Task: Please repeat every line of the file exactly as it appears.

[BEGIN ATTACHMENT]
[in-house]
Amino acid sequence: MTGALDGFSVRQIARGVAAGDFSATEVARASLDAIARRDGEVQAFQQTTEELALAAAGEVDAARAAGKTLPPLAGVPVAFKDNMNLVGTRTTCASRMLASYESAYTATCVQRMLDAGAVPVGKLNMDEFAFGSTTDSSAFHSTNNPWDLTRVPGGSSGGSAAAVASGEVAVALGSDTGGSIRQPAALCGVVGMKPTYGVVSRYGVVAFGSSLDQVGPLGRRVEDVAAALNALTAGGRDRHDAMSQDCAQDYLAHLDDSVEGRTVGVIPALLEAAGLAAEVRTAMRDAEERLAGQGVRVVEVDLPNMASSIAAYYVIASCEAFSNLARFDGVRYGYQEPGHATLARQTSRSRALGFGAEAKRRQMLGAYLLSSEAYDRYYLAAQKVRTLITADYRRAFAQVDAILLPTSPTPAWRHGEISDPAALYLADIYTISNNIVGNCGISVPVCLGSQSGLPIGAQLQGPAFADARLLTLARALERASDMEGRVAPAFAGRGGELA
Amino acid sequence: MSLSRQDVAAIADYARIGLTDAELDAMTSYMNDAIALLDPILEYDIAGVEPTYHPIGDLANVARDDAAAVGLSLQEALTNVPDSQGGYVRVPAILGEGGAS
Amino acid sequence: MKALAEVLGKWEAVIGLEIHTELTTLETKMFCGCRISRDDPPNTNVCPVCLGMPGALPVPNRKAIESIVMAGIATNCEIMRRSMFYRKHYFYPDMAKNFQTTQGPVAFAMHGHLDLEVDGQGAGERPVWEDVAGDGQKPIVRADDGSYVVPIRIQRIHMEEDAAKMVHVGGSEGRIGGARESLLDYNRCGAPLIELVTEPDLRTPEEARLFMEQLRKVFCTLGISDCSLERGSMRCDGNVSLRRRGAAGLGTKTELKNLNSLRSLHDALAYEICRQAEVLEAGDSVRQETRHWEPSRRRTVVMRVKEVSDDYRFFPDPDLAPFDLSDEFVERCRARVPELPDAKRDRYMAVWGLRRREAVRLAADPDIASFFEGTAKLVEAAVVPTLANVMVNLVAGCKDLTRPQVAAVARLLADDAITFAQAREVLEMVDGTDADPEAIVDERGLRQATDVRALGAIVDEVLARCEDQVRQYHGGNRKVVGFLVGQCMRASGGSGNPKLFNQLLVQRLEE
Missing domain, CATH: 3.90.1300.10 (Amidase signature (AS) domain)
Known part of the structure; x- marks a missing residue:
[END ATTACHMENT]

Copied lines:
[in-house]
Amino acid sequence: MTGALDGFSVRQIARGVAAGDFSATEVARASLDAIARRDGEVQAFQQTTEELALAAAGEVDAARAAGKTLPPLAGVPVAFKDNMNLVGTRTTCASRMLASYESAYTATCVQRMLDAGAVPVGKLNMDEFAFGSTTDSSAFHSTNNPWDLTRVPGGSSGGSAAAVASGEVAVALGSDTGGSIRQPAALCGVVGMKPTYGVVSRYGVVAFGSSLDQVGPLGRRVEDVAAALNALTAGGRDRHDAMSQDCAQDYLAHLDDSVEGRTVGVIPALLEAAGLAAEVRTAMRDAEERLAGQGVRVVEVDLPNMASSIAAYYVIASCEAFSNLARFDGVRYGYQEPGHATLARQTSRSRALGFGAEAKRRQMLGAYLLSSEAYDRYYLAAQKVRTLITADYRRAFAQVDAILLPTSPTPAWRHGEISDPAALYLADIYTISNNIVGNCGISVPVCLGSQSGLPIGAQLQGPAFADARLLTLARALERASDMEGRVAPAFAGRGGELA
Amino acid sequence: MSLSRQDVAAIADYARIGLTDAELDAMTSYMNDAIALLDPILEYDIAGVEPTYHPIGDLANVARDDAAAVGLSLQEALTNVPDSQGGYVRVPAILGEGGAS
Amino acid sequence: MKALAEVLGKWEAVIGLEIHTELTTLETKMFCGCRISRDDPPNTNVCPVCLGMPGALPVPNRKAIESIVMAGIATNCEIMRRSMFYRKHYFYPDMAKNFQTTQGPVAFAMHGHLDLEVDGQGAGERPVWEDVAGDGQKPIVRADDGSYVVPIRIQRIHMEEDAAKMVHVGGSEGRIGGARESLLDYNRCGAPLIELVTEPDLRTPEEARLFMEQLRKVFCTLGISDCSLERGSMRCDGNVSLRRRGAAGLGTKTELKNLNSLRSLHDALAYEICRQAEVLEAGDSVRQETRHWEPSRRRTVVMRVKEVSDDYRFFPDPDLAPFDLSDEFVERCRARVPELPDAKRDRYMAVWGLRRREAVRLAADPDIASFFEGTAKLVEAAVVPTLANVMVNLVAGCKDLTRPQVAAVARLLADDAITFAQAREVLEMVDGTDADPEAIVDERGLRQATDVRALGAIVDEVLARCEDQVRQYHGGNRKVVGFLVGQCMRASGGSGNPKLFNQLLVQRLEE
Missing domain, CATH: 3.90.1300.10 (Amidase signature (AS) domain)
Known part of the structure; x- marks a missing residue: